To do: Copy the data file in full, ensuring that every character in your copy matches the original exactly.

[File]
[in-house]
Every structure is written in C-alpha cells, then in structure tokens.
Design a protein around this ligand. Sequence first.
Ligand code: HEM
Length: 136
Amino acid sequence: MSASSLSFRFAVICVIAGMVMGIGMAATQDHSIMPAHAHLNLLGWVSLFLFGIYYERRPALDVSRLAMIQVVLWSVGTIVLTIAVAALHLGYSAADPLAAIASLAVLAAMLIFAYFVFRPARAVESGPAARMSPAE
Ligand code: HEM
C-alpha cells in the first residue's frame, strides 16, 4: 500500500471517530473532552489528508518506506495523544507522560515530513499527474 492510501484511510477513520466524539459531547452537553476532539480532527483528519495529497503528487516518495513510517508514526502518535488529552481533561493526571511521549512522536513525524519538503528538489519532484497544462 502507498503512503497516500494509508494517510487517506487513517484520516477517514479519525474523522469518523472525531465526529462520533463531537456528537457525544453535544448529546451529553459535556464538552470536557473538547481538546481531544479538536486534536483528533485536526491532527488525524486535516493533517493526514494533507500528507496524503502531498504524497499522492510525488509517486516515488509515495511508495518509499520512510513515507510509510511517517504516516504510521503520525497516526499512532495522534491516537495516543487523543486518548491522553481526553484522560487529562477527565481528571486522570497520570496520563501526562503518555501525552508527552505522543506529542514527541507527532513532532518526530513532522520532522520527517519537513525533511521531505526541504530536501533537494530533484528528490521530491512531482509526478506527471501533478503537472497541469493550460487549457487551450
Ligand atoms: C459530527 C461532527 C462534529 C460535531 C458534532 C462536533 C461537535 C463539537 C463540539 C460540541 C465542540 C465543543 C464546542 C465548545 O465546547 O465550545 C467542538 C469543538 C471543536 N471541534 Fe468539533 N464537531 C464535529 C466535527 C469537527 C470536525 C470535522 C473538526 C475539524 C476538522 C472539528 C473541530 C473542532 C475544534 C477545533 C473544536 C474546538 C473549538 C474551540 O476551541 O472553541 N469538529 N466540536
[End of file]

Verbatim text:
[in-house]
Every structure is written in C-alpha cells, then in structure tokens.
Design a protein around this ligand. Sequence first.
Ligand code: HEM
Length: 136
Amino acid sequence: MSASSLSFRFAVICVIAGMVMGIGMAATQDHSIMPAHAHLNLLGWVSLFLFGIYYERRPALDVSRLAMIQVVLWSVGTIVLTIAVAALHLGYSAADPLAAIASLAVLAAMLIFAYFVFRPARAVESGPAARMSPAE
Ligand code: HEM
C-alpha cells in the first residue's frame, strides 16, 4: 500500500471517530473532552489528508518506506495523544507522560515530513499527474 492510501484511510477513520466524539459531547452537553476532539480532527483528519495529497503528487516518495513510517508514526502518535488529552481533561493526571511521549512522536513525524519538503528538489519532484497544462 502507498503512503497516500494509508494517510487517506487513517484520516477517514479519525474523522469518523472525531465526529462520533463531537456528537457525544453535544448529546451529553459535556464538552470536557473538547481538546481531544479538536486534536483528533485536526491532527488525524486535516493533517493526514494533507500528507496524503502531498504524497499522492510525488509517486516515488509515495511508495518509499520512510513515507510509510511517517504516516504510521503520525497516526499512532495522534491516537495516543487523543486518548491522553481526553484522560487529562477527565481528571486522570497520570496520563501526562503518555501525552508527552505522543506529542514527541507527532513532532518526530513532522520532522520527517519537513525533511521531505526541504530536501533537494530533484528528490521530491512531482509526478506527471501533478503537472497541469493550460487549457487551450
Ligand atoms: C459530527 C461532527 C462534529 C460535531 C458534532 C462536533 C461537535 C463539537 C463540539 C460540541 C465542540 C465543543 C464546542 C465548545 O465546547 O465550545 C467542538 C469543538 C471543536 N471541534 Fe468539533 N464537531 C464535529 C466535527 C469537527 C470536525 C470535522 C473538526 C475539524 C476538522 C472539528 C473541530 C473542532 C475544534 C477545533 C473544536 C474546538 C473549538 C474551540 O476551541 O472553541 N469538529 N466540536